LISTEN | Voters ‘overwhelmingly confident’ of free and fair election: HSRC survey
The Human Sciences Research Council (HSRC) has attributed the lower voter turnout in the 2021 municipal elections to a decline of trust in democracy, according to surveys it conducted over the past two decades.
The voter turnout in these elections is estimated at about 47%.
But those who did cast their ballots told the HSRC they were confident the elections were free and fair.
“Nationally representative surveying by the HSRC conducted over the past two decades has shown that trust in the Electoral Commission has declined [but] this decline is to a lesser extent than other political institutions and it remains one of the most trusted institutions in the country.
“Declining trust in the commission is partly due to general disillusionment with the functioning of democracy and the performance of core political institutions,” said the council's Dr Benjamin Roberts.
He made the remarks alongside Prof Narnia Bohler-Muller on Wednesday at the national results centre in Pretoria, where the council presented its findings on the election satisfaction survey based on voter interviews collected on election day.
“The HSRC finds that the voting public is overwhelmingly confident that the 2021 local government elections were both free and fair," said Roberts. "As with previous national and provincial as well as municipal elections, voters provided an overwhelmingly positive evaluation of the management performance of the Electoral Commission (IEC) and the conduct of officials at voting stations. These voter evaluations point firmly to the continued integrity of elections in the country.”
The finding comes from a survey conducted at more than 300 voting stations countrywide. The council interviewed 50 people who cast their vote from each station, at different times. Some of the key findings include that an overwhelming majority of sampled voters (95%) felt the election procedures were free and fair. Provincially, this ranges from 90% in the Western Cape to 98% in Mpumalanga.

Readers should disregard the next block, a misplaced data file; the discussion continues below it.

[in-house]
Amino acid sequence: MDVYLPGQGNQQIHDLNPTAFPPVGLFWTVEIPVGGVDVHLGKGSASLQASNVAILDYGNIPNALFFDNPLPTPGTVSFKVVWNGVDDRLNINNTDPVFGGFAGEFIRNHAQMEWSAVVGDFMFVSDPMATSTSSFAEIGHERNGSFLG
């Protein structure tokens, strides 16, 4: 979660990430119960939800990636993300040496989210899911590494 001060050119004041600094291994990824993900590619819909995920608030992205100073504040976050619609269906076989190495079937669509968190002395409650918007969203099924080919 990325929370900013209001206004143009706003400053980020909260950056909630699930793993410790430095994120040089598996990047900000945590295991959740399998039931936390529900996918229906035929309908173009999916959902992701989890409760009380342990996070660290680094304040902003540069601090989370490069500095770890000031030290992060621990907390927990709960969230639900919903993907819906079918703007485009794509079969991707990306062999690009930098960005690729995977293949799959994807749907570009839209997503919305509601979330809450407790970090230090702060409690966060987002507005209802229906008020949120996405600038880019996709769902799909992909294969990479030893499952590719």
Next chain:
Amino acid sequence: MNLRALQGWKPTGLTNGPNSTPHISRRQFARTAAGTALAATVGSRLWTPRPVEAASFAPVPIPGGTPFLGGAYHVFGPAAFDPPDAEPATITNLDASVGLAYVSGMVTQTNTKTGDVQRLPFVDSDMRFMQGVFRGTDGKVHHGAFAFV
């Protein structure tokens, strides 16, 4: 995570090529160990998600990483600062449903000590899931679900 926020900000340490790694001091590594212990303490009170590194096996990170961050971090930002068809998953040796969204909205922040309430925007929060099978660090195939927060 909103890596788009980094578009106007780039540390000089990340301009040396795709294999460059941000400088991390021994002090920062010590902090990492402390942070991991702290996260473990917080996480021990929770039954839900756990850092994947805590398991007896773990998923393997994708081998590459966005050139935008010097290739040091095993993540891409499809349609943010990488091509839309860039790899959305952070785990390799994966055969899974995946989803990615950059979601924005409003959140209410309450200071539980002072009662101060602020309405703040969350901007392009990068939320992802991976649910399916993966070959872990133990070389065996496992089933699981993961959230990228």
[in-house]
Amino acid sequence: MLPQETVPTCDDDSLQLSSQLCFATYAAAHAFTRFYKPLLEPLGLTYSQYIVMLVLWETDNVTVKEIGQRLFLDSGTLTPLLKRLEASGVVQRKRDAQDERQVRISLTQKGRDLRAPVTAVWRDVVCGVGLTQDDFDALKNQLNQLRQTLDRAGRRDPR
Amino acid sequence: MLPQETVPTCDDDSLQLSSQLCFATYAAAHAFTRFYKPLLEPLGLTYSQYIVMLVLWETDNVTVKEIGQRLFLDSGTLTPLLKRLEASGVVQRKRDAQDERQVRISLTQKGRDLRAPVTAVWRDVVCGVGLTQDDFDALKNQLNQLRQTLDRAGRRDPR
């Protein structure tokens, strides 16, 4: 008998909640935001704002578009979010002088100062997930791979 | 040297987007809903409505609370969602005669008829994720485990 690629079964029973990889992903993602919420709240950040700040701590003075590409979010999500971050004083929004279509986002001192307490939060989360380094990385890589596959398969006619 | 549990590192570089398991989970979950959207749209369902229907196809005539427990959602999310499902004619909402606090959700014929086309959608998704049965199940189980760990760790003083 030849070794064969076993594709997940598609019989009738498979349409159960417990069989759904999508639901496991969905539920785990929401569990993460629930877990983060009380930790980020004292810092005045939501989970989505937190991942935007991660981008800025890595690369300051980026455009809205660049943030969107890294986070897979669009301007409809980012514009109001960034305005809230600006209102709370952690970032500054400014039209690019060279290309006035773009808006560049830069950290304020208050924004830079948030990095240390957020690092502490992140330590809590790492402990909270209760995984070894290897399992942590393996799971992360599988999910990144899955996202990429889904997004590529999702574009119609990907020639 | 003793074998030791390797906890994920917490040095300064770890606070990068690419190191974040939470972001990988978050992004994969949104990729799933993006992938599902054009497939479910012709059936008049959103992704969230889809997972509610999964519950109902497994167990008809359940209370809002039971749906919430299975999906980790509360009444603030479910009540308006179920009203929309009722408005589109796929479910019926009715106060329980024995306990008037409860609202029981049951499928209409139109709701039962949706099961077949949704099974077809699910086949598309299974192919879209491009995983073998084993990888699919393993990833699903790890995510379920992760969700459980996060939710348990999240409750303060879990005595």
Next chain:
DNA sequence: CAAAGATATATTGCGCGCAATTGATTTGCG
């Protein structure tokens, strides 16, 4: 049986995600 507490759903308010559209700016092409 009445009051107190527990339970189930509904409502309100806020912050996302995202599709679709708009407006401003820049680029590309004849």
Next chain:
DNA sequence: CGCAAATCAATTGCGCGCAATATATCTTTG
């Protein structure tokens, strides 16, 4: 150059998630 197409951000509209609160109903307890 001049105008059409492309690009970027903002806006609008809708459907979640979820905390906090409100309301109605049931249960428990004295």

Ninety percent of voters indicated that they trust or strongly trust the IEC in general (51% strongly, 39% moderately), while only 7% were neutral, 2% were distrusting and 1% were uncertain.
Asked for their views on the ballot papers, 94% of voters were satisfied with the ballot papers used in this election, ranging between 88% and 98% provincially. Similarly, 93% found it easy to find their party of choice on the ballot papers, ranging between 87% and 98% provincially.
The council also made observations about the timing of decisions to vote. Sixty-two percent of voters said they decided to vote more than six months beforehand and a further fifth (18%) decided between one and six months beforehand. Only a small proportion decided on election day (4%) or during the month beforehand (15%).
Ninety-six percent of voters expressed satisfaction with the secrecy of their vote. Provincially, this varied between 94% in the Western Cape and North West and 99% in Limpopo, according to Roberts.
On the issue of political tolerance, the council found that 61% of voters expressed the view that political parties were very tolerant of one another during the 2021 election campaigns, with 26% reporting that parties were somewhat tolerant of each other. Seven percent perceived intolerance, while 6% were uncertain.
The general voting experience was sampled as follows:
- 68% of voters took less than 15 minutes to reach their voting station, with 22% taking 16 to 30 minutes, 7% taking 31 to 60 minutes and 3% longer than an hour.
- On average, 77% of voters waited less than 15 minutes in the queue before voting, 15% took 16 to 30 minutes, while only 7% waited longer.
- Overall, 86% of voters polled found voting stations were easily accessible to people with disabilities and the elderly, while 7% did not.
- 96% reported satisfaction with the instructions and signage at their voting stations.
- 97% found voting procedures easy to understand.
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